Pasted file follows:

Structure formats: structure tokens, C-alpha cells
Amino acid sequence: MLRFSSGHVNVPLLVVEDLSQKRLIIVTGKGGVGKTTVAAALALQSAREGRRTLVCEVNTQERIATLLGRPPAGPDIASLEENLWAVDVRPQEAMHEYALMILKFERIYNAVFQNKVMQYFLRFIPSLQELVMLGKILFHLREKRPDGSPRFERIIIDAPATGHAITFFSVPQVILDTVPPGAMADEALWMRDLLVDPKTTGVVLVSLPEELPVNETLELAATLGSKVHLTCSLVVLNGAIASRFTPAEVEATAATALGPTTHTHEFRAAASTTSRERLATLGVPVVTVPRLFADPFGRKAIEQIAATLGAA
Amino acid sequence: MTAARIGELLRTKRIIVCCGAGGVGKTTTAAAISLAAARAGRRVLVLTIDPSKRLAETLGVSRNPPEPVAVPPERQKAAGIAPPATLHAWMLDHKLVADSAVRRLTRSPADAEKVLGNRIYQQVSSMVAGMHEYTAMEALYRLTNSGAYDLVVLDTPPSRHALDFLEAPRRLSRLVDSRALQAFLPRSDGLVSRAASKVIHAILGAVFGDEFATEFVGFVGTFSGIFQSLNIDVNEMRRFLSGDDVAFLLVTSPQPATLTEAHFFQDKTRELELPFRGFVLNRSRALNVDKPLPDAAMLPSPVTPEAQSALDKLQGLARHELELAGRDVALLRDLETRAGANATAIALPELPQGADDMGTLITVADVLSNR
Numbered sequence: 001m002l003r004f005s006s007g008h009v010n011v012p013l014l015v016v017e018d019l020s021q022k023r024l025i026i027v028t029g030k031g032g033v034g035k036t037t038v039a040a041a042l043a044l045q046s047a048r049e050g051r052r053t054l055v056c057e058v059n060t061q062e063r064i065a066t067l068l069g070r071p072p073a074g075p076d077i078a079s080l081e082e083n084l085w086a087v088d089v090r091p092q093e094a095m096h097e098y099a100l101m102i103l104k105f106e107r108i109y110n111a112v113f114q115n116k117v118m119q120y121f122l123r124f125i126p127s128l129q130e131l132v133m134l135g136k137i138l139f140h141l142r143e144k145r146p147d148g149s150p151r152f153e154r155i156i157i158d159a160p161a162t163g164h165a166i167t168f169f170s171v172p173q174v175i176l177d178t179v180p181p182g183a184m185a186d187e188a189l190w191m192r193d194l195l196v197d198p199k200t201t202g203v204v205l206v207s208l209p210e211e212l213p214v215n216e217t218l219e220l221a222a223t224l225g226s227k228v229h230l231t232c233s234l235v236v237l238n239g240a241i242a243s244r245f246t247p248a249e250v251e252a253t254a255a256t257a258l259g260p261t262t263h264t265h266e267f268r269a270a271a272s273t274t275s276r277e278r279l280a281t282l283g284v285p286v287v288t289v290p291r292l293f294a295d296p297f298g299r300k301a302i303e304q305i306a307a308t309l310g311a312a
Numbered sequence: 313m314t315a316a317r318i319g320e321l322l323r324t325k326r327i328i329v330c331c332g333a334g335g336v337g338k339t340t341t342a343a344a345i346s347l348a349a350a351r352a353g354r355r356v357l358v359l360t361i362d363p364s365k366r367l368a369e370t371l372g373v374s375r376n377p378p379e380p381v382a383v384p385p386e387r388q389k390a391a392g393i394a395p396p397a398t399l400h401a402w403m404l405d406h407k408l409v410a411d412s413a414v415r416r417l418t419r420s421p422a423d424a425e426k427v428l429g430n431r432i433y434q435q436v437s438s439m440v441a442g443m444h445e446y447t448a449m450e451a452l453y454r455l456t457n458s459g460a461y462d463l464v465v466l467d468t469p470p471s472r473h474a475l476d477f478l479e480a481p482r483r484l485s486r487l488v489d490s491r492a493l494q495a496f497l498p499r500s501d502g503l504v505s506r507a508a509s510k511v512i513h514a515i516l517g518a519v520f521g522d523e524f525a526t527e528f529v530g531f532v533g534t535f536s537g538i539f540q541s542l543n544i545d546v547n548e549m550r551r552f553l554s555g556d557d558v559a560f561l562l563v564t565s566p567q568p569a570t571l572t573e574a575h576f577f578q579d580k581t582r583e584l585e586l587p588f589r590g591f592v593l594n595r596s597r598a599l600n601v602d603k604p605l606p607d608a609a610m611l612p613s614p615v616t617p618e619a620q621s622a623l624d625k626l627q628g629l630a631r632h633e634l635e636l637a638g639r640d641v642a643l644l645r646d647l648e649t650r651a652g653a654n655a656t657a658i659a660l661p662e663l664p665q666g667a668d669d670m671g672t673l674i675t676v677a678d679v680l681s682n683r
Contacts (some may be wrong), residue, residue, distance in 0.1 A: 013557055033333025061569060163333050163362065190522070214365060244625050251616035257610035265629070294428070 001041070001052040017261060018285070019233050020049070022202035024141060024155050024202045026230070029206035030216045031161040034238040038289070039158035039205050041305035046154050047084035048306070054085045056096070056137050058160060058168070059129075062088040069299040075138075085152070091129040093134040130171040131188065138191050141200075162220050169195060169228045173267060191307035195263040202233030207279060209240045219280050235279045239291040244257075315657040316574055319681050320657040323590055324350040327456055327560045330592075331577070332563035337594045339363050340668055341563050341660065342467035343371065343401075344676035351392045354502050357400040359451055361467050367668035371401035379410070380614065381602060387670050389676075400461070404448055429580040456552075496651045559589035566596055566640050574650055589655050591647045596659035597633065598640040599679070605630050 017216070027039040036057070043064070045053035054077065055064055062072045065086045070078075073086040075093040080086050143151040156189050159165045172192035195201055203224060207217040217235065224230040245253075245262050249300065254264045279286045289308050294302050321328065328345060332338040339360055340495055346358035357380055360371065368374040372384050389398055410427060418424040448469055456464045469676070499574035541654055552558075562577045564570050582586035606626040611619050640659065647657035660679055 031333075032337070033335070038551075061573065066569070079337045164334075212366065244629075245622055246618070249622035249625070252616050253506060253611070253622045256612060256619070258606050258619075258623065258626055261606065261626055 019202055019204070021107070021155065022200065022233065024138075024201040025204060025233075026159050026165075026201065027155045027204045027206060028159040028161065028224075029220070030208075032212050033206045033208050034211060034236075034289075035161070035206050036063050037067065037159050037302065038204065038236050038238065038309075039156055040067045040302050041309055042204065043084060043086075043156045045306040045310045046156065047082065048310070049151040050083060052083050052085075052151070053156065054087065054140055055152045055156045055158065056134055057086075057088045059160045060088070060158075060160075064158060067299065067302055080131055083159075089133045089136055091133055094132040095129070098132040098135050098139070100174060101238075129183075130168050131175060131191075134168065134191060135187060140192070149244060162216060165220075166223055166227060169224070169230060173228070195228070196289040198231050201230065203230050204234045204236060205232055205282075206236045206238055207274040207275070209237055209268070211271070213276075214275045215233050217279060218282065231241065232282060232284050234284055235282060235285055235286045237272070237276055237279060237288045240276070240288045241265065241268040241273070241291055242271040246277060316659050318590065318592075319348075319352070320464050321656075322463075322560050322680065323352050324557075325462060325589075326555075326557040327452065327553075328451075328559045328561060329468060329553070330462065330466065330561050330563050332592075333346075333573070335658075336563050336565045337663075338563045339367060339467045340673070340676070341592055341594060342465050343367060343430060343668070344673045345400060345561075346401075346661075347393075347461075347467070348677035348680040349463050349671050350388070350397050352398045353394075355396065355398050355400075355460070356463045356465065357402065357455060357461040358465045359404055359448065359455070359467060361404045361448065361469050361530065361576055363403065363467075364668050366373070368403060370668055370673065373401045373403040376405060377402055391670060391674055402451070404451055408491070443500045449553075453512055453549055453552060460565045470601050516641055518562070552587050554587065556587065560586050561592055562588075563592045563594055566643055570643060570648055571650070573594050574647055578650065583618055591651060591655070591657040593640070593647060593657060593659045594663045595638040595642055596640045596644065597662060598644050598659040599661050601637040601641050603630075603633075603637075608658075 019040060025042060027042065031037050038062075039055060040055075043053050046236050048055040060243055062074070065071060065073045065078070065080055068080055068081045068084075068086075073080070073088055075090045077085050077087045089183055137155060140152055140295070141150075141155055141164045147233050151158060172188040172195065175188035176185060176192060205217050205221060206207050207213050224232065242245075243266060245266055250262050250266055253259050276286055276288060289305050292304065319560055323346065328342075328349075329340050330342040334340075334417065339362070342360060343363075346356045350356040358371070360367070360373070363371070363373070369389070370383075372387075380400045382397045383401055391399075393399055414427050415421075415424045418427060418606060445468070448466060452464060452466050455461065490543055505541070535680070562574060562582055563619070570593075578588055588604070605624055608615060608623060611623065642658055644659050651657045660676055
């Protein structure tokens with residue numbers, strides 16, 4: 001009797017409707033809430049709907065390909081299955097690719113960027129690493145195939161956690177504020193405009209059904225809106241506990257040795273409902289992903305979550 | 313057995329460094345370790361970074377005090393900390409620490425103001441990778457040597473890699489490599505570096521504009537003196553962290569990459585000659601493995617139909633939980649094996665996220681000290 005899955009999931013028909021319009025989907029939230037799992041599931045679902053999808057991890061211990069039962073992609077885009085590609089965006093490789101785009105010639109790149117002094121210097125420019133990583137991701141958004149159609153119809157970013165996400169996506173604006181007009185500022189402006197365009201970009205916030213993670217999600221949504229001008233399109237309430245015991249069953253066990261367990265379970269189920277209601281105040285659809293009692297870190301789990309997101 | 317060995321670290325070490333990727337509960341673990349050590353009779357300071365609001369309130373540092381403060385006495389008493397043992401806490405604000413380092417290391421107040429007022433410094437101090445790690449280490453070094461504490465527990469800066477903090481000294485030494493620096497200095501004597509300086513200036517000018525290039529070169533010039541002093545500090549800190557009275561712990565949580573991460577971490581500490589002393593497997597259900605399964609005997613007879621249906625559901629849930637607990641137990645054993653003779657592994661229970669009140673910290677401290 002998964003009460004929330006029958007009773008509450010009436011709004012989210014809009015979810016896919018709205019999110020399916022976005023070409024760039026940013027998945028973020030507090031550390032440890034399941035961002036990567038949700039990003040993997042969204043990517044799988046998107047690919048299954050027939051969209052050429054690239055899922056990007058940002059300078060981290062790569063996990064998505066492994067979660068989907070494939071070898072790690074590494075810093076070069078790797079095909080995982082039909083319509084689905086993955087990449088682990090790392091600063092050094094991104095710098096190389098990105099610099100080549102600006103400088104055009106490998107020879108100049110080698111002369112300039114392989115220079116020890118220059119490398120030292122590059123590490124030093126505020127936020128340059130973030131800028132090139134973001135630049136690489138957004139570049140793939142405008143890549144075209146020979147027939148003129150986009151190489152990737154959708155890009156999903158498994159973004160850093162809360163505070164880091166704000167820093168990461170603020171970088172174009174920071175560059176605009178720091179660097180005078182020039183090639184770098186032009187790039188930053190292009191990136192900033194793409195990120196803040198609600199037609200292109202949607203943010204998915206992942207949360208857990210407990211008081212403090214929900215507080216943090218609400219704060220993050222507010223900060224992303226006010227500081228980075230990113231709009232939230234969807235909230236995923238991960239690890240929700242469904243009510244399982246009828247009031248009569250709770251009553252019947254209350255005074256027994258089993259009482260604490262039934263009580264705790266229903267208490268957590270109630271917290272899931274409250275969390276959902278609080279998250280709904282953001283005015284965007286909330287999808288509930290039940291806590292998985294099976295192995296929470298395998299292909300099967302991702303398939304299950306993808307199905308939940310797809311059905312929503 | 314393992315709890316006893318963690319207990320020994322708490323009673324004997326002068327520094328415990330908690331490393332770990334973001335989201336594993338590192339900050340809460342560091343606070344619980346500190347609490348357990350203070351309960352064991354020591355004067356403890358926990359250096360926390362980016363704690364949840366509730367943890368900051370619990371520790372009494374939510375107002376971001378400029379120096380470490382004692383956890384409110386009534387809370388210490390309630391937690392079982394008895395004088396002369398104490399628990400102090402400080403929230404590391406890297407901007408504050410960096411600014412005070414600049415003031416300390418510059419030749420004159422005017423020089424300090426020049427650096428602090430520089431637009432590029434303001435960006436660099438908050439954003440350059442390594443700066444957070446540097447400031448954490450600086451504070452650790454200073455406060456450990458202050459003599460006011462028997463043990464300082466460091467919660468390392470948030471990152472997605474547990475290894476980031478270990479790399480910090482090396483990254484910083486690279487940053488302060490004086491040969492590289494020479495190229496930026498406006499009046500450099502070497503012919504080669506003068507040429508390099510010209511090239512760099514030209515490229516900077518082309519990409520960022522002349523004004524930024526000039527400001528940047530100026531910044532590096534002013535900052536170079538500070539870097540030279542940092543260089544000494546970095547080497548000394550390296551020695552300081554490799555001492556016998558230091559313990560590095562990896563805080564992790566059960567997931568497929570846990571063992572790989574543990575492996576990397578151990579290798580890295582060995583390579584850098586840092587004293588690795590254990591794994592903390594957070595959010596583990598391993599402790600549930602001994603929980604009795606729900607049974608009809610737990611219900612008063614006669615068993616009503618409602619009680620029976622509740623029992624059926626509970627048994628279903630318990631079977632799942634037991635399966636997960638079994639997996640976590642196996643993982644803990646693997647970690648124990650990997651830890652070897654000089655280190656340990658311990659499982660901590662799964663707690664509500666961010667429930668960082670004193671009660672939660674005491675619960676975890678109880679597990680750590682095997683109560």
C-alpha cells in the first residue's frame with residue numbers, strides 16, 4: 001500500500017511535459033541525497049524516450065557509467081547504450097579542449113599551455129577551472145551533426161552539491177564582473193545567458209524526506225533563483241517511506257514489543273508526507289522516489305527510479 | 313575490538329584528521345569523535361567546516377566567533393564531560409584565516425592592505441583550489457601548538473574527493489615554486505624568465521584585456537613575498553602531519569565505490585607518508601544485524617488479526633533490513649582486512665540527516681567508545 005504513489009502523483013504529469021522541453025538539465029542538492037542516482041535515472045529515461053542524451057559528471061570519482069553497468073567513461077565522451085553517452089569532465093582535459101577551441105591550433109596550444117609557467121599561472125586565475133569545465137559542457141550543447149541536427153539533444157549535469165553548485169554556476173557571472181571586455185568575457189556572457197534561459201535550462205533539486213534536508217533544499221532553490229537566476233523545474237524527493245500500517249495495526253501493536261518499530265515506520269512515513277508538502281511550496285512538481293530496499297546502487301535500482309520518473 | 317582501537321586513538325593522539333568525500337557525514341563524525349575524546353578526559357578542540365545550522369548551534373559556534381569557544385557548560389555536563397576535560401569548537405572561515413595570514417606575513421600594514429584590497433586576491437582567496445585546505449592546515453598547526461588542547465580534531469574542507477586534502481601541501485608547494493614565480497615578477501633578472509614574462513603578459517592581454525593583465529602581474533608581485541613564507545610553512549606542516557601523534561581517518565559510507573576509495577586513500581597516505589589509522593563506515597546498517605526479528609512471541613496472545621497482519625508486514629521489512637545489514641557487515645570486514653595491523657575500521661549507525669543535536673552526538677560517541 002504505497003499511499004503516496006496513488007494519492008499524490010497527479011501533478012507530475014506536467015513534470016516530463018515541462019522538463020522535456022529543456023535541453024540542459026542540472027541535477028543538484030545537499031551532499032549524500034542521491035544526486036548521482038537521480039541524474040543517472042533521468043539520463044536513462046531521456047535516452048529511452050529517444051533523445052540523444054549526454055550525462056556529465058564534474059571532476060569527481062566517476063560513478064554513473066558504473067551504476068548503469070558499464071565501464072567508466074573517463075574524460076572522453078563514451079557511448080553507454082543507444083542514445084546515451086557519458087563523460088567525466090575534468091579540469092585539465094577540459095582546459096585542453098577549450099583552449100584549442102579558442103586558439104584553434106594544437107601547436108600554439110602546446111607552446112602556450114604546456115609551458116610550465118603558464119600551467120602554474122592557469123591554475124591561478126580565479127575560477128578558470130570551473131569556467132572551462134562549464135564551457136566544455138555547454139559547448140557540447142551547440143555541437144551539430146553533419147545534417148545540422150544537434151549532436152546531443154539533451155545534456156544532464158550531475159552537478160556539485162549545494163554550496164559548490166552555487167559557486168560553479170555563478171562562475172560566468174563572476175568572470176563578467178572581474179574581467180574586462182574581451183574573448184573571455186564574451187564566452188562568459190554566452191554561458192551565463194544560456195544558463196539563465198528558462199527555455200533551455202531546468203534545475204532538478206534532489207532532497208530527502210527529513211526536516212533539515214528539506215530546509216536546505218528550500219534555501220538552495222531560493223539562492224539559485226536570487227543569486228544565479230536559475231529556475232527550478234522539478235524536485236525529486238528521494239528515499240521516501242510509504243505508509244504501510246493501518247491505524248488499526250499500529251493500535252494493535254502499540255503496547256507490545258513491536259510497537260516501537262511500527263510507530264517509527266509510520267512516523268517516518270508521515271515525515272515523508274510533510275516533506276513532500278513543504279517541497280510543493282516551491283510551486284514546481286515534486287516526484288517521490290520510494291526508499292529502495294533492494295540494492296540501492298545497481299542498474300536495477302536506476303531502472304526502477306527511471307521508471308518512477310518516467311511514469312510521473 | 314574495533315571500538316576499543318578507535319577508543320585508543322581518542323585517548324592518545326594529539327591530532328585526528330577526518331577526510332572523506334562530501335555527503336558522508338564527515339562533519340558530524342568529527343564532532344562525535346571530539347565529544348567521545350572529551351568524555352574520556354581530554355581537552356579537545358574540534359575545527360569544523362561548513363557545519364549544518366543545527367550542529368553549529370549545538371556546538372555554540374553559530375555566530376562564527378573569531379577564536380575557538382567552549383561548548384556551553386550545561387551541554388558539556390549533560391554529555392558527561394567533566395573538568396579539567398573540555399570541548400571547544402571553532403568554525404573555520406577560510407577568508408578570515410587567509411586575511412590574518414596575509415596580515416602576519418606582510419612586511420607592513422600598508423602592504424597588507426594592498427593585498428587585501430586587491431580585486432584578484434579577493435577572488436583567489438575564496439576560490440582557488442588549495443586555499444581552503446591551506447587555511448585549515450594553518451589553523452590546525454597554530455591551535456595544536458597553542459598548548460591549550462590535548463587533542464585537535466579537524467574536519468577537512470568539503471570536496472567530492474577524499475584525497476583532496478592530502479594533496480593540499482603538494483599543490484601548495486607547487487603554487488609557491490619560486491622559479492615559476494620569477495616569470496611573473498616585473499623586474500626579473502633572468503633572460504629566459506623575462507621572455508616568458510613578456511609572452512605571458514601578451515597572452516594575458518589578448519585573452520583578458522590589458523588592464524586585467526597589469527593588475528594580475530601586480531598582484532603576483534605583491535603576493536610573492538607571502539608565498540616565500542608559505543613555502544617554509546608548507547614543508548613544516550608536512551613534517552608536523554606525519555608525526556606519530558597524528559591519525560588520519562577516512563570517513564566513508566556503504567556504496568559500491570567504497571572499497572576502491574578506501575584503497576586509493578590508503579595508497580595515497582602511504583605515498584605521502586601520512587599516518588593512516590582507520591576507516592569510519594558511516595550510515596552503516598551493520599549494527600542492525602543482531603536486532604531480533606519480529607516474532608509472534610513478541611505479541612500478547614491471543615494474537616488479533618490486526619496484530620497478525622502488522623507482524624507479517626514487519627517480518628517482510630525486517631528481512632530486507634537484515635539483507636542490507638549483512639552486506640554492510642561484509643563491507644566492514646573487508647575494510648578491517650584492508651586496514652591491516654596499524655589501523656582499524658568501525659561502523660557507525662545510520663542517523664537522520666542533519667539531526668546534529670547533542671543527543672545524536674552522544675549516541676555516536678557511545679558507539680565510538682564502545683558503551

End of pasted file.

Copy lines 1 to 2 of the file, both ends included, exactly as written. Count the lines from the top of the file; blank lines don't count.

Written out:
Structure formats: structure tokens, C-alpha cells
Amino acid sequence: MLRFSSGHVNVPLLVVEDLSQKRLIIVTGKGGVGKTTVAAALALQSAREGRRTLVCEVNTQERIATLLGRPPAGPDIASLEENLWAVDVRPQEAMHEYALMILKFERIYNAVFQNKVMQYFLRFIPSLQELVMLGKILFHLREKRPDGSPRFERIIIDAPATGHAITFFSVPQVILDTVPPGAMADEALWMRDLLVDPKTTGVVLVSLPEELPVNETLELAATLGSKVHLTCSLVVLNGAIASRFTPAEVEATAATALGPTTHTHEFRAAASTTSRERLATLGVPVVTVPRLFADPFGRKAIEQIAATLGAA